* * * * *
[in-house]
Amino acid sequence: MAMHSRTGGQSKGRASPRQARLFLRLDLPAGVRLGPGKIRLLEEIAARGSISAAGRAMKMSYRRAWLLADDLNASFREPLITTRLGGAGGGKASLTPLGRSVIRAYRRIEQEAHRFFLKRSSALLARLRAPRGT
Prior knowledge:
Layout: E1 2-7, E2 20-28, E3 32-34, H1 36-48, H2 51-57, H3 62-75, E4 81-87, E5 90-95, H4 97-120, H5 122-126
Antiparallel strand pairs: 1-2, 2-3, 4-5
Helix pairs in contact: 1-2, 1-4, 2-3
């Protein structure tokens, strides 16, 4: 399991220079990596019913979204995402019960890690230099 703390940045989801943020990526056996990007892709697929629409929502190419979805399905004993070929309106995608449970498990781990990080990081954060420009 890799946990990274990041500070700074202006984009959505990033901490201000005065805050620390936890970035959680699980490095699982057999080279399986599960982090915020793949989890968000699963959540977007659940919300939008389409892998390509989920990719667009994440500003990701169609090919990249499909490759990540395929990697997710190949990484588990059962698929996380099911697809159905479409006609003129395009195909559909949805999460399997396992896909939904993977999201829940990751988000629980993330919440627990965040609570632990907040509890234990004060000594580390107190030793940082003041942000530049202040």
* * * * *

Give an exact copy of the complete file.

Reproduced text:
[in-house]
Amino acid sequence: MAMHSRTGGQSKGRASPRQARLFLRLDLPAGVRLGPGKIRLLEEIAARGSISAAGRAMKMSYRRAWLLADDLNASFREPLITTRLGGAGGGKASLTPLGRSVIRAYRRIEQEAHRFFLKRSSALLARLRAPRGT
Prior knowledge:
Layout: E1 2-7, E2 20-28, E3 32-34, H1 36-48, H2 51-57, H3 62-75, E4 81-87, E5 90-95, H4 97-120, H5 122-126
Antiparallel strand pairs: 1-2, 2-3, 4-5
Helix pairs in contact: 1-2, 1-4, 2-3
């Protein structure tokens, strides 16, 4: 399991220079990596019913979204995402019960890690230099 703390940045989801943020990526056996990007892709697929629409929502190419979805399905004993070929309106995608449970498990781990990080990081954060420009 890799946990990274990041500070700074202006984009959505990033901490201000005065805050620390936890970035959680699980490095699982057999080279399986599960982090915020793949989890968000699963959540977007659940919300939008389409892998390509989920990719667009994440500003990701169609090919990249499909490759990540395929990697997710190949990484588990059962698929996380099911697809159905479409006609003129395009195909559909949805999460399997396992896909939904993977999201829940990751988000629980993330919440627990965040609570632990907040509890234990004060000594580390107190030793940082003041942000530049202040």